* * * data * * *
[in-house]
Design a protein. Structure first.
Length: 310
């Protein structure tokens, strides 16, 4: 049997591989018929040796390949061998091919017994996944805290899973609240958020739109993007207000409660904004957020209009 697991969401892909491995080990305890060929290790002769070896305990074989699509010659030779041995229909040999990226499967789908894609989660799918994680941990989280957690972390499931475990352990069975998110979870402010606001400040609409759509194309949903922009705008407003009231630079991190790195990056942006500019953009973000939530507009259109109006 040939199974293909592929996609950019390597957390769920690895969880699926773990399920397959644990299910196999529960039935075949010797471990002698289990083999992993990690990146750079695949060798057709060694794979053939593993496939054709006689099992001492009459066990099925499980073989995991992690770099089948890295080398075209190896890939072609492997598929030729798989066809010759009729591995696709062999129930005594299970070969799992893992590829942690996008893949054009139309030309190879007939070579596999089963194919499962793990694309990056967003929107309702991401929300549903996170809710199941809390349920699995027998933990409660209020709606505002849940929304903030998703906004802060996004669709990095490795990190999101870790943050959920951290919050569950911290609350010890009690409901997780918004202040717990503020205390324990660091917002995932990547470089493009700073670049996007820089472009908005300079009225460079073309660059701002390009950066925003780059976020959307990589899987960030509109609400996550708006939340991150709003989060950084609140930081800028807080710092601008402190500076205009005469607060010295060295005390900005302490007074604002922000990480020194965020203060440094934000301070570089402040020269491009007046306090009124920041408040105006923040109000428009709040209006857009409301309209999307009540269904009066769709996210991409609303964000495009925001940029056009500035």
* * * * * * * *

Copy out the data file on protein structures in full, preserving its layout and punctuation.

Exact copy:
[in-house]
Design a protein. Structure first.
Length: 310
């Protein structure tokens, strides 16, 4: 049997591989018929040796390949061998091919017994996944805290899973609240958020739109993007207000409660904004957020209009 697991969401892909491995080990305890060929290790002769070896305990074989699509010659030779041995229909040999990226499967789908894609989660799918994680941990989280957690972390499931475990352990069975998110979870402010606001400040609409759509194309949903922009705008407003009231630079991190790195990056942006500019953009973000939530507009259109109006 040939199974293909592929996609950019390597957390769920690895969880699926773990399920397959644990299910196999529960039935075949010797471990002698289990083999992993990690990146750079695949060798057709060694794979053939593993496939054709006689099992001492009459066990099925499980073989995991992690770099089948890295080398075209190896890939072609492997598929030729798989066809010759009729591995696709062999129930005594299970070969799992893992590829942690996008893949054009139309030309190879007939070579596999089963194919499962793990694309990056967003929107309702991401929300549903996170809710199941809390349920699995027998933990409660209020709606505002849940929304903030998703906004802060996004669709990095490795990190999101870790943050959920951290919050569950911290609350010890009690409901997780918004202040717990503020205390324990660091917002995932990547470089493009700073670049996007820089472009908005300079009225460079073309660059701002390009950066925003780059976020959307990589899987960030509109609400996550708006939340991150709003989060950084609140930081800028807080710092601008402190500076205009005469607060010295060295005390900005302490007074604002922000990480020194965020203060440094934000301070570089402040020269491009007046306090009124920041408040105006923040109000428009709040209006857009409301309209999307009540269904009066769709996210991409609303964000495009925001940029056009500035």